Could you please explain the advantages/disadvantages of traditional, stochastic & hybrid screening

Part 3 - Answered by Mike Rundle, Worldwide Program Manager - Thermal Plates, Kodak Polychrome Graphics

Note from the editor: We believe there are many experts qualified to answer this question. Kodak Polychrome Graphics' answer is the third of three answers that we will publish over a three week period.

Could you please explain the advantages and disadvantages of traditional screening, stochastic screening, and hybrid screening?

Executive Summary
Stochastic screening, also known as FM screening, received a great deal of attention in the early and mid 1990s as an alternative to conventional halftone screening techniques. The argument for it was that stochastic screening could produce an image with a higher apparent resolution and greater detail than conventional halftoning.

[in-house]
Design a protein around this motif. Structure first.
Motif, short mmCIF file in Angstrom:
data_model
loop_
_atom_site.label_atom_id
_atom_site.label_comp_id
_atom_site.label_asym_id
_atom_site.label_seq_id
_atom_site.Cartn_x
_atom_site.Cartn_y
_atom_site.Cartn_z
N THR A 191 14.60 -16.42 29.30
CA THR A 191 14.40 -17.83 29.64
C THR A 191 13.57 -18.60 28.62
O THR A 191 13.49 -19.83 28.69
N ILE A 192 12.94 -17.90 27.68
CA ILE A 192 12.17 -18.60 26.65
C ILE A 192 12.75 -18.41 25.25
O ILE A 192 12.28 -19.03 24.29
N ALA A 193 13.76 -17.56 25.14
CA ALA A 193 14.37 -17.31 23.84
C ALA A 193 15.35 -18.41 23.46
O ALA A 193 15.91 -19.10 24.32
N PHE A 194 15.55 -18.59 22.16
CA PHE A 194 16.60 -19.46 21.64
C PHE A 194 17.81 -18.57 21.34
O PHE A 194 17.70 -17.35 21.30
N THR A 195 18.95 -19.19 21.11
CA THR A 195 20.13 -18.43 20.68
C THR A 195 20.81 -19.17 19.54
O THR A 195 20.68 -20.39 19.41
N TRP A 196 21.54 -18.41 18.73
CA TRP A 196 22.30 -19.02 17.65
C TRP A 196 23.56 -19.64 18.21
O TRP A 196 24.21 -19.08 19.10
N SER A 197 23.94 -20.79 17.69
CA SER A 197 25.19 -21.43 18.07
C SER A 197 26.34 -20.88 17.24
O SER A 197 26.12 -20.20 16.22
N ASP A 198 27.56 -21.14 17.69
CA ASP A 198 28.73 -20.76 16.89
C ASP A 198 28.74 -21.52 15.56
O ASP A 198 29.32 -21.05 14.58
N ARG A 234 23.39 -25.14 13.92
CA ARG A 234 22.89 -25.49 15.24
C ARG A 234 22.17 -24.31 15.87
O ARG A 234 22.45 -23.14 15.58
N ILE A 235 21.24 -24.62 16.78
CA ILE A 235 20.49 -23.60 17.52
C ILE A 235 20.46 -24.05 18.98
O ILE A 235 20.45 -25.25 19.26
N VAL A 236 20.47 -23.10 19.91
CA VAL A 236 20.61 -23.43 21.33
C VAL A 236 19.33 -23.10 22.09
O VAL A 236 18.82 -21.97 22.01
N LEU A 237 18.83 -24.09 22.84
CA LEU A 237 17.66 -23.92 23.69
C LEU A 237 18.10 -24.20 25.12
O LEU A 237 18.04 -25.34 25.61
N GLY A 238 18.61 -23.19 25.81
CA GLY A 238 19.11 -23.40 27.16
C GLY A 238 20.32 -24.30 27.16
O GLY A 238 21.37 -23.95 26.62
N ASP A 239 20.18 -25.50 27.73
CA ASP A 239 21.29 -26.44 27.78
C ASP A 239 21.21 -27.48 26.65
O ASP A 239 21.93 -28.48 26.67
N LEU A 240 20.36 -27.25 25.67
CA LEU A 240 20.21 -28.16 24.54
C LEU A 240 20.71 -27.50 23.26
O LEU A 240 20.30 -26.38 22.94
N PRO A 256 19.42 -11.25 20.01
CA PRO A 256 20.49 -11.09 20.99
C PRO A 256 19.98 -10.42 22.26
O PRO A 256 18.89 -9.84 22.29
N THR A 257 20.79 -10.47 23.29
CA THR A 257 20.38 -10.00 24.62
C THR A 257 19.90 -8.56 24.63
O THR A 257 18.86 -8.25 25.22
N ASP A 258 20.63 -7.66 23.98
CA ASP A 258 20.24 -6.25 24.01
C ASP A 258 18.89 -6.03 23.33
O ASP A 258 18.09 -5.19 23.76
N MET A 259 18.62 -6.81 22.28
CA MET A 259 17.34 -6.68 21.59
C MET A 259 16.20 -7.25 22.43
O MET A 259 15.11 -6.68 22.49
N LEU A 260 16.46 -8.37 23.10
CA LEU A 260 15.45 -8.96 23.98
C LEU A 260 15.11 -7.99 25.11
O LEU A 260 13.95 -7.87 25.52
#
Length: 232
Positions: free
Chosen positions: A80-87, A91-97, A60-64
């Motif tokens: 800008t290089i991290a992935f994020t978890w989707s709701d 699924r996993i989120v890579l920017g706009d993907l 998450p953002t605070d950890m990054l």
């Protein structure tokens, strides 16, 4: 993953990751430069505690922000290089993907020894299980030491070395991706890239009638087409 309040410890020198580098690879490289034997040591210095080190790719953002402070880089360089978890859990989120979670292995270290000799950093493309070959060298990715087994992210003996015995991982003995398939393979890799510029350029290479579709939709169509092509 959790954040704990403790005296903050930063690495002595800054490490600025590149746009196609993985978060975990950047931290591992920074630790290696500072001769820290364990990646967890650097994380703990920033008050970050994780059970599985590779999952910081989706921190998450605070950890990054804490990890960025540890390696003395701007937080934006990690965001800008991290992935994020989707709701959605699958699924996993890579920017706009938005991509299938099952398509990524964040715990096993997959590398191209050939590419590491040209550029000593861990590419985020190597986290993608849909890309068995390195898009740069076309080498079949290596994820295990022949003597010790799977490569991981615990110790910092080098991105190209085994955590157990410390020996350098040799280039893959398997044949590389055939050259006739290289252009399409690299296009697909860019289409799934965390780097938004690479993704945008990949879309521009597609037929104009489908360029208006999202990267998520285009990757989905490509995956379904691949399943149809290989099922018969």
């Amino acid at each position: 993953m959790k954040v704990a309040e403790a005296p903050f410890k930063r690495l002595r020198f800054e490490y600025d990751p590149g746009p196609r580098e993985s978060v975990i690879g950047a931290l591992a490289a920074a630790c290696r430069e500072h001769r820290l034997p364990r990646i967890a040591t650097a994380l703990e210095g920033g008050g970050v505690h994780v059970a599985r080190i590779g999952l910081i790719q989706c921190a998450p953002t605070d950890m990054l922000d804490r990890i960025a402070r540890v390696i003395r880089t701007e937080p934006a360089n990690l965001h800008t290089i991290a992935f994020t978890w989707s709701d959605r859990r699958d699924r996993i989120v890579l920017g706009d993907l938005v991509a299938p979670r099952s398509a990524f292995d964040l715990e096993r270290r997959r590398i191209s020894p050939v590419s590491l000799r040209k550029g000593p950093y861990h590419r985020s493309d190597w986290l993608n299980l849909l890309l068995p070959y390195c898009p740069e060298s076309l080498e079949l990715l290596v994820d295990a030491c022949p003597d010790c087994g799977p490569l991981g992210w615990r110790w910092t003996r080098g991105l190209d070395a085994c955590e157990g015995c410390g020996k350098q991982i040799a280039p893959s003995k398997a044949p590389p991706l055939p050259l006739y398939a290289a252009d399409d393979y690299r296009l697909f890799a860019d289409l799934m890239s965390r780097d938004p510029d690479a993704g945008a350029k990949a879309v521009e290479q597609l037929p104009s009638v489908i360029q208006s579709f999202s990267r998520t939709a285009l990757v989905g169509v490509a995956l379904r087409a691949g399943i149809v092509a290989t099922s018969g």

Difficulties in transferring the (relatively small) stochastic dots from imageset film to plates caused stochastic screening to be all but abandoned after 1996 or thereabouts. With the widespread adoption of computer-to-plate (CTP) technology, which eliminates the film transfer problems, there has come to be a recent resurgence of interest in stochastic screening.

In this white paper we look at the different approaches to stochastic screening, evaluate the various claims being made on its behalf, and provide some suggestions to printers and print buyers about it.


Stochastic strengths and weaknesses
One of the primary benefits advanced for stochastic screening is that the use of many very small dots can create a fine-grained appearance more like a continuous-tone photograph than a conventional halftone. This is to some extent true, particularly in comparison with halftone screening at 150 lpi or less. A printer using conventional 150 lpi halftone screens who converts to 20µ stochastic screening will encounter a significant overall improvement in apparent image resolution.